For singing along, you can apply (and record) effects such as reverb to your vocal, including harmonies the Clavinova will generate. Different harmony presets (number of background singers, musical style, etc.) track your chord changes just like the accompaniment Styles. The quality of these harmonies is on a par with dedicated vocal processors from companies like TC-Helicon.

Those aren’t uncommon features in higher-end arrangers. What distinguishes the CVP-700s is how they can teach you to play. The CVP-701 comes preloaded with 65 songs, the other models with 124, and thanks to Yamaha’s partnership with publisher Hal Leonard, you can download more titles from a huge library at Those optimized for the Clavinova (the website makes this obvious with a “Choose Your Instrument” menu) support its learning features. No other keyboard maker has this vast an ecosystem of content.

These features include a strip of LEDs above the keys that show you the next notes to play, and a nifty sheet-music display on which you literally follow the bouncing ball (see Fig. 5). You can set this up to show just the right-hand melody, the grand staff, chord symbols, and/or lyrics for songs that have them. Most important, in what’s called Guide Mode, the Clavinova will stop the song/accompaniment playback if you make a mistake, and resume when you find the right notes. This can be made even more forgiving with the Any Key mode, which tracks rhythm but not melody, and the Your Tempo mode, which tracks you in rubato fashion if you need to slow down and think. Karao-key mode advances the song based on mic input and any key press, and is meant for singing along.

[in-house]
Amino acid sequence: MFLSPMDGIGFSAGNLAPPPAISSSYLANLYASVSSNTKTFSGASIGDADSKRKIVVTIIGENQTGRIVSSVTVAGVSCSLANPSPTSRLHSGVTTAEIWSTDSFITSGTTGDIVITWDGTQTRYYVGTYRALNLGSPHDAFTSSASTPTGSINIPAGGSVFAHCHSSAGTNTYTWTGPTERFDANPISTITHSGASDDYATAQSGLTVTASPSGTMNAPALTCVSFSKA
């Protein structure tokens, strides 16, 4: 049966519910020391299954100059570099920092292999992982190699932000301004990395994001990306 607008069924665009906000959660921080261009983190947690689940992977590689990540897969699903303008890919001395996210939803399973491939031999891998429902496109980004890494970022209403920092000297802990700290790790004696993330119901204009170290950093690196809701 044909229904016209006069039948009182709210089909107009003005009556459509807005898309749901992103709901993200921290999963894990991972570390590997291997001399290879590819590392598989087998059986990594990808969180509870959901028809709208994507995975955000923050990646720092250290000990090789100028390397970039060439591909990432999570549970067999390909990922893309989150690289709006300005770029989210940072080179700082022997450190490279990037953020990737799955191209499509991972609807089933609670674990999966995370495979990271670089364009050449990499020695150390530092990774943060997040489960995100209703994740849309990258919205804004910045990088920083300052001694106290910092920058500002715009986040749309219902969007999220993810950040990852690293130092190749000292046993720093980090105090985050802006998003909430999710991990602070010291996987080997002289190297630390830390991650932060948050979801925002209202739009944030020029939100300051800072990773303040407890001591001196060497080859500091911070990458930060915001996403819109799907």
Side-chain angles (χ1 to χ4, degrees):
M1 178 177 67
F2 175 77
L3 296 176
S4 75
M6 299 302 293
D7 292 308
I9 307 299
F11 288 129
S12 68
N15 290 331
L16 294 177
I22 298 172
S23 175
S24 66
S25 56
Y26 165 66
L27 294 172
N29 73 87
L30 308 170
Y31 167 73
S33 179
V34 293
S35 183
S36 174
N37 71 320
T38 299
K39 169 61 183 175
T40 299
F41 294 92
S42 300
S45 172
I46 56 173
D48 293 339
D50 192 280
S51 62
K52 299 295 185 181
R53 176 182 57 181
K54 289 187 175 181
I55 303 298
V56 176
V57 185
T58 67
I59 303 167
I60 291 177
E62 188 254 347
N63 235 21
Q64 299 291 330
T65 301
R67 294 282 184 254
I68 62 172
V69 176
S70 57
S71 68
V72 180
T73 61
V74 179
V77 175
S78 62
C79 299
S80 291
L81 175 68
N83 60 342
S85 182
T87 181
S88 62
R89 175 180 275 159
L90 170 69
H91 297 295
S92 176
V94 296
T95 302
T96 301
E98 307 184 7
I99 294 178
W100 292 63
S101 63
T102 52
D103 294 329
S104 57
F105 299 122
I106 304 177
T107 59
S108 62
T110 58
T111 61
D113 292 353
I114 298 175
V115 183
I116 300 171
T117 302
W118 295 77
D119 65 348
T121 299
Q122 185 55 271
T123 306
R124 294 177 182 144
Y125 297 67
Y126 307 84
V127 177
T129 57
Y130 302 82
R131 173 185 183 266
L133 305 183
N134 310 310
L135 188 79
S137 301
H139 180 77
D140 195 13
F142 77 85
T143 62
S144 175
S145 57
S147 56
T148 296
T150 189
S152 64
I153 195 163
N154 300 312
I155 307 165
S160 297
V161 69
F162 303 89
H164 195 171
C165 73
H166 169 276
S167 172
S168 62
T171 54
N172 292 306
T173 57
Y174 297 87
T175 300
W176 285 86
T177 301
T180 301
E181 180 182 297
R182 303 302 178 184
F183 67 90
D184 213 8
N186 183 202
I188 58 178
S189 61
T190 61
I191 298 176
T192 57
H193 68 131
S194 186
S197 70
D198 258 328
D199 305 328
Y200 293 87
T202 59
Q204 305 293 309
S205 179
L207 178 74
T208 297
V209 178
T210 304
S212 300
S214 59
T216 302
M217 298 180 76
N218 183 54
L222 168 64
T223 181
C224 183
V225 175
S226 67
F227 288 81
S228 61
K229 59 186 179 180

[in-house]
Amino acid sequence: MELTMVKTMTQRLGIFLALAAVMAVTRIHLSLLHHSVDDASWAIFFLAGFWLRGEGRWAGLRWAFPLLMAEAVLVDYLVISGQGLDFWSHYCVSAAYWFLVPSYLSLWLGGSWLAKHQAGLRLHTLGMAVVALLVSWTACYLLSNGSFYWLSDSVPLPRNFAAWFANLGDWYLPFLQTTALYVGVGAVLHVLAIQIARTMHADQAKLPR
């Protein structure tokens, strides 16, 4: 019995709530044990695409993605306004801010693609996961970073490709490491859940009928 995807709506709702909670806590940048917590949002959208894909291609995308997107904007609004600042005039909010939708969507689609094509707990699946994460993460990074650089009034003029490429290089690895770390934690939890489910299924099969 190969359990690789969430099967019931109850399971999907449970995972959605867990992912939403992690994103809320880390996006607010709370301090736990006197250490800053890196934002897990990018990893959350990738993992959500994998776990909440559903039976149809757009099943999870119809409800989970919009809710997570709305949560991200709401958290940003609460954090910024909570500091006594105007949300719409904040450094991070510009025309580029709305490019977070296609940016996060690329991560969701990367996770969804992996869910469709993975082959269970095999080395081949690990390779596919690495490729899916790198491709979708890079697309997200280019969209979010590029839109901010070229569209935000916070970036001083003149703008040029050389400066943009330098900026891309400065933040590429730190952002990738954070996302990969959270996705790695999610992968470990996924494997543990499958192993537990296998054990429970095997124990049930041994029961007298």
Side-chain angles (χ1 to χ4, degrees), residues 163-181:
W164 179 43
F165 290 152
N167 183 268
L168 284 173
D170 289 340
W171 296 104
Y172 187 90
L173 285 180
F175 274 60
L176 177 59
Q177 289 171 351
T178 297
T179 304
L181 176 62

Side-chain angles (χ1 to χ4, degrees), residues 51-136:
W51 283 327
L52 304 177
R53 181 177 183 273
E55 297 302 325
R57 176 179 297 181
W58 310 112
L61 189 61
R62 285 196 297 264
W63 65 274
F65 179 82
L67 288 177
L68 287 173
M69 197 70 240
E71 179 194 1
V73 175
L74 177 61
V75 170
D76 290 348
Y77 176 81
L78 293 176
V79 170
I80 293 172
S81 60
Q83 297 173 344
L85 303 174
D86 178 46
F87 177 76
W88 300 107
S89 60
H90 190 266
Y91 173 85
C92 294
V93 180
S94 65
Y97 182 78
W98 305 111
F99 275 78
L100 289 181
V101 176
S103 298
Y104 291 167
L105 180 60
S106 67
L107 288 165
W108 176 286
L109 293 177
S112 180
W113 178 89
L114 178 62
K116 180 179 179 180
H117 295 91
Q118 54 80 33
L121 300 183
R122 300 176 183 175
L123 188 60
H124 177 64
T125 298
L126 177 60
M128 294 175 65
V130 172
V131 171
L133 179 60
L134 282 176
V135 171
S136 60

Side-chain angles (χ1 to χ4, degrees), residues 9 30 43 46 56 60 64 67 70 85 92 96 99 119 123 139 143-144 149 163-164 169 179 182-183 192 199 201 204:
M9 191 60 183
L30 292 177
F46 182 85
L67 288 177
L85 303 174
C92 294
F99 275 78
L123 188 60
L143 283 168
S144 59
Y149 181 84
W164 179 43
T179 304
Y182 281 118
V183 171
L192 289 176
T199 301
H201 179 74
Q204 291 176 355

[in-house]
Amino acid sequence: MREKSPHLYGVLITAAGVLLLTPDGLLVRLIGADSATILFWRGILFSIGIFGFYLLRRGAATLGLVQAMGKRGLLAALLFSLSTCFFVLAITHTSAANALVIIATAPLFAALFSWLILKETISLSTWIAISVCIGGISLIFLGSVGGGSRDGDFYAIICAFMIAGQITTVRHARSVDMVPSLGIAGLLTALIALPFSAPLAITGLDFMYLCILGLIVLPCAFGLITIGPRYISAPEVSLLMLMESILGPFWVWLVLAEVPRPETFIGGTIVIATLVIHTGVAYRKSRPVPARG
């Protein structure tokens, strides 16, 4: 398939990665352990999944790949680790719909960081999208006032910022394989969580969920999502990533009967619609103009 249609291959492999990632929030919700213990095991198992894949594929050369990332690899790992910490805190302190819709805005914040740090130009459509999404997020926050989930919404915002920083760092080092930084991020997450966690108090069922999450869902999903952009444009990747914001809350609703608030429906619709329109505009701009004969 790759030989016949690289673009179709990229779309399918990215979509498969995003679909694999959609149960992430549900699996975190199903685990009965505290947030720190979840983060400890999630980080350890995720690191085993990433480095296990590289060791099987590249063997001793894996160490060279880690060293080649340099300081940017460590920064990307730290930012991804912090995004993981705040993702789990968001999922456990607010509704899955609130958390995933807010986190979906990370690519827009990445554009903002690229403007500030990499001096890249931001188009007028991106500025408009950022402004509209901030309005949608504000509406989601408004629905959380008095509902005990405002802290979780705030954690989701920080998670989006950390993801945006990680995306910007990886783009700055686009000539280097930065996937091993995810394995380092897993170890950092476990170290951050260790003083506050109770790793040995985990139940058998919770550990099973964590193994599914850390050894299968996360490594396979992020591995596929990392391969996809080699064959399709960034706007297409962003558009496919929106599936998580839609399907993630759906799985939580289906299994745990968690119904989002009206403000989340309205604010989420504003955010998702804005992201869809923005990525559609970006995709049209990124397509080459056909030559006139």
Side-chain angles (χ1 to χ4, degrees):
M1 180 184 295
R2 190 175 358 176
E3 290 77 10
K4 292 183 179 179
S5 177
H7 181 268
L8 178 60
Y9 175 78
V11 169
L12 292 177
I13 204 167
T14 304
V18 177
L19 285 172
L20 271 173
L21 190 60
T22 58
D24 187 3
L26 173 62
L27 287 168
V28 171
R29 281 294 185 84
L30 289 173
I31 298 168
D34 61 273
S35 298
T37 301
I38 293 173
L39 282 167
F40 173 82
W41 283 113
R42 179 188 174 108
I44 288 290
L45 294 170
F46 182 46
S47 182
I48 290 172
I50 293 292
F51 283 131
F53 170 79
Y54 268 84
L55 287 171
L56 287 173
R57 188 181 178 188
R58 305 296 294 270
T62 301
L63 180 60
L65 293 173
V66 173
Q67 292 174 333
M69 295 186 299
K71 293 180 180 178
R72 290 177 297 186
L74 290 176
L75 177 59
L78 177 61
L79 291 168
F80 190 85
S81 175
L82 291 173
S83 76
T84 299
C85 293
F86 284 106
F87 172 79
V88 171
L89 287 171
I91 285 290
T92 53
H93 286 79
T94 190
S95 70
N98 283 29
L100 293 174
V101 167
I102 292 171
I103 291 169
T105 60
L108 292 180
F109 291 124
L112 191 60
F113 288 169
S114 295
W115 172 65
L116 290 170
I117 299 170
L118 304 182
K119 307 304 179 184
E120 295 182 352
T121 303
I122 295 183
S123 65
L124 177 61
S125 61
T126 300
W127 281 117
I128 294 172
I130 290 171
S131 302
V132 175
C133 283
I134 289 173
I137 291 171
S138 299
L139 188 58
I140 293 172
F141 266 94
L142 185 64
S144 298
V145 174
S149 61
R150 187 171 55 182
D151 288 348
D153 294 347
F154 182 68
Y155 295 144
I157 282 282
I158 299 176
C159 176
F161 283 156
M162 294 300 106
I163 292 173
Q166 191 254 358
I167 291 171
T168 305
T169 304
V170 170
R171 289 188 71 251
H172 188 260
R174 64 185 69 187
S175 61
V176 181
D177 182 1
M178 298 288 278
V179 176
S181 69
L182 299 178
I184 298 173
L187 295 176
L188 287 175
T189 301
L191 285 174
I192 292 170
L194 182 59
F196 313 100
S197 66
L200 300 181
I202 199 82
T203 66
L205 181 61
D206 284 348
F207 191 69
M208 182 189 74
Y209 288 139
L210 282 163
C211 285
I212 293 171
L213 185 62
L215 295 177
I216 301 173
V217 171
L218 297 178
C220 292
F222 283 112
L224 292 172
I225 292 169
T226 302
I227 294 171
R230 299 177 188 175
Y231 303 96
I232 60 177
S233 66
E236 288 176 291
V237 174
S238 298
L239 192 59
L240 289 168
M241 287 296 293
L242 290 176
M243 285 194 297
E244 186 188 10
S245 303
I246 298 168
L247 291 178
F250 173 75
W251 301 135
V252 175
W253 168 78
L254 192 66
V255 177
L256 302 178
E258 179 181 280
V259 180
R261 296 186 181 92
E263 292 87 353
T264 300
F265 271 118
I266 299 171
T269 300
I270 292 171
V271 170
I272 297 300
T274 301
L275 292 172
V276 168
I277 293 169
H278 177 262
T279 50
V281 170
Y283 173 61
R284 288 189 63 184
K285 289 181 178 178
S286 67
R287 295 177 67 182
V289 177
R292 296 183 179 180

I can’t over-emphasize how well all of this works. Sure, it’ll keep your seven-year-old focused on “Für Elise,” but I’ve used Guide Mode to woodshed cover tunes for gigs I took in spite of having too little prep time, and it’s been a lifesaver.

Related to but distinct from songs is the Music Finder, long a Yamaha staple. In the Music Finder, Records are presets that call up a Voice-and-accompaniment package for playing “in the style of” popular songs — complete with names that suggest the originals without infringing on their copyrights.

The USA Edition content package for CVP-700 series keyboards sold in the U.S. adds licensed Music Finder Records for an accompanying Best Songs Ever songbook, a Style Guide that uses those tunes to teach you how to work the Style Control section like a pro, interactive tutorials narrated by a human voice, and more.

Every model but the CVP-701 has an old-school VGA output for mirroring the display (or a lyrics-only karaoke scroll) to an external monitor. I’d like to see a more up-to-date connector used here, but there are always adapters.

More Features